Judge not.

I sincerely apologize for not posting last week. I was on vacation, and did not have access to a computer or a smartphone to post anything. I tend to travel light on vacation, especially when it comes to technology. That way, I can actually get my mind off of the cares of the world, and enjoy myself.

While on vacation, I decided to reread The Scarlet Letter by Nathaniel Hawthorne. If you haven’t read it before, it is a beautifully written book about the punishment affixed to a young woman, Hester Prynne, who commits adultery. The novel itself could be used as a case study on several different issues, but I will only discuss one. As the title describes, the chief punishment ruled down upon Hester is to wear a scarlet embroidered “A” on her chest for the rest of her life, serving as a reminder to herself and the community of the nature of her sin. This “A” for “adultery” was to be worn at all times, and was even to be worn while standing on a stump in front of the entire town square for three whole hours. You can sense the magnitude of the ignominy Hester must have felt: hundreds of eyes, each pair more penetrating than the next, staring at her as the raw personification of sin. It is miraculous that Hester summons the courage to carry on, raise her newly born daughter,  and seek for peace.

This situation, to me, vividly displays the searing brand that unrighteous judgment burns upon the hearts of those who have done wrong. For Hester, it was physically manifested on her chest, but for those in today’s world, it lies chiefly in our hearts and in our minds. When others cast unrighteous judgment upon us, we feel vulnerable, weak, and helpless. We begin to label ourselves, and cast a false veil of sin over our whole identity.

What do I mean by unrighteous judgment? I believe that there is a difference between righteous and unrighteous judgment. Righteous judgment comes from stewardship. Parents make righteous judgments to protect their children, for example. This is perfectly fine for those of us on earth. In the New Testament, we read in John 7:24 that we are to “Judge not according to the appearance, but judge righteous judgment”. Another translation of that verse goes “Judge not according to your traditions“. Whether it be according to appearance or traditions, unrighteous judgment is characterized by a labeling of an individual’s heart. I believe that no one knows the thoughts and intents of one’s heart save Jesus Christ. Hester’s forced ignominy as she stood in front of the town square is highly analogous to the woman taken in adultery in the Book of John. In this poignant account, angry men throw an adulterer at the feet of Jesus, and remind him that Moses and the law commands that those who commit adultery should be stoned. When asked what should be done with her, Christ responds “He that is without sin among you, let him first cast a stone at her”. This merciful response demonstrates that only the Savior, who atoned for all of mankind, and who knows each of us perfectly, is able to judge our hearts. Christ’s unique role as the one who atoned for us all allows him to make judgments on our hearts and our eternal standing. Only He knows exactly where we stand when it comes to personal worthiness and our ability to become something greater than we are. This type of judgment is off limits to mortals, who like Hester, are imperfect.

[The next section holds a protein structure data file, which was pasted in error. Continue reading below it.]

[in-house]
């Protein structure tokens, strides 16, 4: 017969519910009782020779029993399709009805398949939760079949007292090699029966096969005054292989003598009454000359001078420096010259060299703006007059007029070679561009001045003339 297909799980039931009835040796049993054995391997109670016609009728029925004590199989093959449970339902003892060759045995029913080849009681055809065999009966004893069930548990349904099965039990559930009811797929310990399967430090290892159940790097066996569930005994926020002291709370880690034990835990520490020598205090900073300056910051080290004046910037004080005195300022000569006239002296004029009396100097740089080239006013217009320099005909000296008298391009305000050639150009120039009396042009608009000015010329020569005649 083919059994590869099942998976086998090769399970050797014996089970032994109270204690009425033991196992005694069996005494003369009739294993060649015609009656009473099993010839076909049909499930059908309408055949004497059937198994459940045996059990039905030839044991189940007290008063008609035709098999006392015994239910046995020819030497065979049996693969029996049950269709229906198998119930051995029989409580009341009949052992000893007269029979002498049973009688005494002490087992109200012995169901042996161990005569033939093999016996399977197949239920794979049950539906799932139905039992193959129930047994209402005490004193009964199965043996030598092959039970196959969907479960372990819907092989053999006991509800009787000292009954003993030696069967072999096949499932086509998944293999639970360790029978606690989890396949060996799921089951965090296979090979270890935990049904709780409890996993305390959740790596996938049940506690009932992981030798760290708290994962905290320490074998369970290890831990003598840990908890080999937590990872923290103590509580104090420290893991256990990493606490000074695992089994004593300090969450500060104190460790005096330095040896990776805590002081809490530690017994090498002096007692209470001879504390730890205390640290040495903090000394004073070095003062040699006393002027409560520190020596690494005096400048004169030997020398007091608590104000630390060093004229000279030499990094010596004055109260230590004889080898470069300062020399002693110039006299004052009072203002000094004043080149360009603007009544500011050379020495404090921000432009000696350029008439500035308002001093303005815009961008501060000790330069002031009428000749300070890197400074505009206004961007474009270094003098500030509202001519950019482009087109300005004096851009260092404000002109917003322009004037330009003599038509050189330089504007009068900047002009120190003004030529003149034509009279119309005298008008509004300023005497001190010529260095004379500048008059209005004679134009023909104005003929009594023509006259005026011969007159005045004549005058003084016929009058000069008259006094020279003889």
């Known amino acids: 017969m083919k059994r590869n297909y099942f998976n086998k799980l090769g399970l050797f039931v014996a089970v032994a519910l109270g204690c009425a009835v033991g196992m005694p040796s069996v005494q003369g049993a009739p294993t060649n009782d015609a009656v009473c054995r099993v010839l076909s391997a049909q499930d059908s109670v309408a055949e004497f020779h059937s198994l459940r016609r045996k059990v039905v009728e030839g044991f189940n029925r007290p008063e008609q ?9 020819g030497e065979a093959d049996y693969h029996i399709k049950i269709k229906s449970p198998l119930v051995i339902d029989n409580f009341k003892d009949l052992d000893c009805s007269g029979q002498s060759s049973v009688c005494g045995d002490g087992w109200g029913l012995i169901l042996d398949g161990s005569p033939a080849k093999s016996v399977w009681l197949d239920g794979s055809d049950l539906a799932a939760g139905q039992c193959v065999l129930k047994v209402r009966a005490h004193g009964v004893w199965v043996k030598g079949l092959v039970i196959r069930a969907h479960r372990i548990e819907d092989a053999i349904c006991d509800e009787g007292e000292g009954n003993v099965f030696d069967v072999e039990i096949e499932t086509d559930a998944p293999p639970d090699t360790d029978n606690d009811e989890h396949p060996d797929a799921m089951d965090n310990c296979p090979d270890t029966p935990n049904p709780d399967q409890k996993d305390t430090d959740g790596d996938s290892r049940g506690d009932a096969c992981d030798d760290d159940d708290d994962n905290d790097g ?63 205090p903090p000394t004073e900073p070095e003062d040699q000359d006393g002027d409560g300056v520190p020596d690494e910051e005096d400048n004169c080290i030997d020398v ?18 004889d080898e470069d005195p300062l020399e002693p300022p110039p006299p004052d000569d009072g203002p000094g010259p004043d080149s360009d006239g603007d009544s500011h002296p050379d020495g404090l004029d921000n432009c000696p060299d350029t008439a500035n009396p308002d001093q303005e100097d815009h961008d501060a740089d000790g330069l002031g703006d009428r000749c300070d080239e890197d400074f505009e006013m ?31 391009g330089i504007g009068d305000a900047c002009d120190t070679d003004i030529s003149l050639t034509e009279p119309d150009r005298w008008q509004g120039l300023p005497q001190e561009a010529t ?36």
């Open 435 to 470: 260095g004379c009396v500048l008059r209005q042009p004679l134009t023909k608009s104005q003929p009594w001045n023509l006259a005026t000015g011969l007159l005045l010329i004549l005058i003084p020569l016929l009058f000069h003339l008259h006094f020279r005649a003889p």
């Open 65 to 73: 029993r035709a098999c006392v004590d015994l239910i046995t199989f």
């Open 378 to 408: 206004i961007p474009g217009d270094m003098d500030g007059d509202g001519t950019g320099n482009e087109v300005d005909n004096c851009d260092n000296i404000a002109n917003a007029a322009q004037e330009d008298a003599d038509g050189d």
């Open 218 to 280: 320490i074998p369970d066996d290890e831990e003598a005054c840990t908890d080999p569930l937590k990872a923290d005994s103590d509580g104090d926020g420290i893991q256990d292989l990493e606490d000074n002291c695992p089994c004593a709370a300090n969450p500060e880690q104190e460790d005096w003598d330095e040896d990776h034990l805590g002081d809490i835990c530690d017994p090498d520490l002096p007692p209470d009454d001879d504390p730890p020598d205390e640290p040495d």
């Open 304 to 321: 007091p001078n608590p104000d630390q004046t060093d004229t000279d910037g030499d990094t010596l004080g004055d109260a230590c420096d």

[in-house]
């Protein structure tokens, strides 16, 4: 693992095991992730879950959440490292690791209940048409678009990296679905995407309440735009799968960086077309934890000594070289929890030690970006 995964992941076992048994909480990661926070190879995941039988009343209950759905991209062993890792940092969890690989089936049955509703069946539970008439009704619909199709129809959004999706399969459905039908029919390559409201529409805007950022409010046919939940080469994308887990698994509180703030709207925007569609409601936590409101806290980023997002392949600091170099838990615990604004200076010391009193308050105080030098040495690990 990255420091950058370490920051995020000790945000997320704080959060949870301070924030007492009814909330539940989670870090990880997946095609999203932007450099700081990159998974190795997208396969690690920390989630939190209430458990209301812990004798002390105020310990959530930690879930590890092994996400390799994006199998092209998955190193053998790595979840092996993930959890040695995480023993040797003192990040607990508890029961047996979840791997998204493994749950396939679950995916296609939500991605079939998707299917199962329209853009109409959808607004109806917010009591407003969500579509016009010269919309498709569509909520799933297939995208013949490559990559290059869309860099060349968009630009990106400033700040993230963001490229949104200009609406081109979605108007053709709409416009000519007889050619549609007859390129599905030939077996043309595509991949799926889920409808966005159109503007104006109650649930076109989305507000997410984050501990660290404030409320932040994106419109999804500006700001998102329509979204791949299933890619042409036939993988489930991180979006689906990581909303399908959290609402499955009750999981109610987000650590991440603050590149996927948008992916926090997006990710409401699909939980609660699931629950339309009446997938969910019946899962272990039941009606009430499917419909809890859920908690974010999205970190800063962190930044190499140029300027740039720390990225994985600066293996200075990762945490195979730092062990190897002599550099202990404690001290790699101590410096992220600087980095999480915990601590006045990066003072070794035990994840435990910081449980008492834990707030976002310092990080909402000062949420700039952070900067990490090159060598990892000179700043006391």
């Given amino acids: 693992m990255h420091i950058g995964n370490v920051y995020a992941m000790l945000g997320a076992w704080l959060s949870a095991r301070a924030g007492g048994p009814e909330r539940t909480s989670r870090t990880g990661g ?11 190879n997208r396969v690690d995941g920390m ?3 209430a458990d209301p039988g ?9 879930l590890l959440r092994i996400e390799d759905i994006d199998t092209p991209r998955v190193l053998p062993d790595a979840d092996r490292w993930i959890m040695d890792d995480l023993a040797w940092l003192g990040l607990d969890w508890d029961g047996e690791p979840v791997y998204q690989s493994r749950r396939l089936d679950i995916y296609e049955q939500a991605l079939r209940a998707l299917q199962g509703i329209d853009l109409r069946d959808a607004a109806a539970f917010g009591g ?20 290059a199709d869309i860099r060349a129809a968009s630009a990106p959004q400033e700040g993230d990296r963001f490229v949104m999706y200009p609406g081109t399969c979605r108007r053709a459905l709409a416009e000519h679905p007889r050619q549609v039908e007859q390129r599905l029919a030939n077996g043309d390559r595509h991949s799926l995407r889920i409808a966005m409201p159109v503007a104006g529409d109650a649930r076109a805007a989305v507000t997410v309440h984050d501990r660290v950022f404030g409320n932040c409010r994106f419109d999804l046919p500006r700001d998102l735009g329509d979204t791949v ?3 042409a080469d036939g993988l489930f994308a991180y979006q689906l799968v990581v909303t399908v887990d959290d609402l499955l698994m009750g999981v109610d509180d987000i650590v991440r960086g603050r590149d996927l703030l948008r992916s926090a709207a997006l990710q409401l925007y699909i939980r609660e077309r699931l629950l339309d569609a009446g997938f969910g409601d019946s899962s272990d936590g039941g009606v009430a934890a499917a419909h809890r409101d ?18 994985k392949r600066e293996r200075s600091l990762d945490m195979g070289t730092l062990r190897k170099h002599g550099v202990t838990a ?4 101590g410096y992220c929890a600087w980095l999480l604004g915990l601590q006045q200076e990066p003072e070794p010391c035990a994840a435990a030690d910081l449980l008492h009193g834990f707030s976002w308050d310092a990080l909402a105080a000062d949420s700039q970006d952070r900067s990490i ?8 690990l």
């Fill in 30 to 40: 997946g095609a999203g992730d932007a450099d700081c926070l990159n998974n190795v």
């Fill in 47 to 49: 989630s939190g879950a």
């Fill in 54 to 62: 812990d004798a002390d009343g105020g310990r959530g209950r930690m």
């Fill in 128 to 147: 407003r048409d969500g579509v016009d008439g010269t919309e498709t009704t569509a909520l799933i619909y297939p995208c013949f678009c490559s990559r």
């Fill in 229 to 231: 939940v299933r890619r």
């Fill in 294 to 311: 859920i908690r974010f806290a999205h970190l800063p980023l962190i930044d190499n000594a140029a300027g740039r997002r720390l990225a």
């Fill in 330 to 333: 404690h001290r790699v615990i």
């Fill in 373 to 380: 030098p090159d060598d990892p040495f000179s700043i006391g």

Christ further teaches this principle by admonishing us to cast out the beam of our own eye when we find a mote in someone else’s eye. We are all imperfect. We all have sinned. We all need divine mercy. We are all at varying degrees of righteousness. I believe that we are not to judge unrighteously, and label a person’s standing before God.

I believe in Jesus Christ as our Lord and Redeemer. I believe that with His help we can become clean and pure, and that instead of casting judgment upon those who have done wrong, we should seek to help them overcome those things that cause them pain.

What do you believe about judgment? What do you believe about Christ as it pertains to this topic? How can we avoid unrighteous judgment?


3 thoughts on “Judge not.

  1. There are several places in the scriptures that tell us that we must work out our own salvation before the Lord. I believe that this is true. I believe that Christ is the only person who knows the pain of our sins. Therefore, He is the only one who can judge us and the only one that we need to be accountable to. I believe that judging is really two seperate lessons, one in accountability and one in stewardship.

    I believe that in all things in life it is crucial to know who we are accountable to. Whether in a job, on a sports team, or in a family you must know who you are going to have to answer to. I personally have been the victim of what I consider unrighteous judgement very recently. Things were said about me that were incredibly hurtful. Things that had little basis in fact, and that were solely designed to hurt me. However, upon reflection it is comforting to know that I do not have to answer to the people who passed those judgements. If they had their way, I would be in a VERY different place than I am today. I believe that I have only one person to answer to, and that is my Lord and Savior Jesus Christ. He is THE ultimate judge in my life and I am grateful for his mercy. I believe that we can handle all of the trials that God gives us if we simply remember who we will report to. During hard times I like to picture the face of the Savior, walking up to embrace me when we meet at judgement. He is kind, warm, forgiving. I am excited for the day that I can be accountable the Him and I will gladly face and accept His judgement.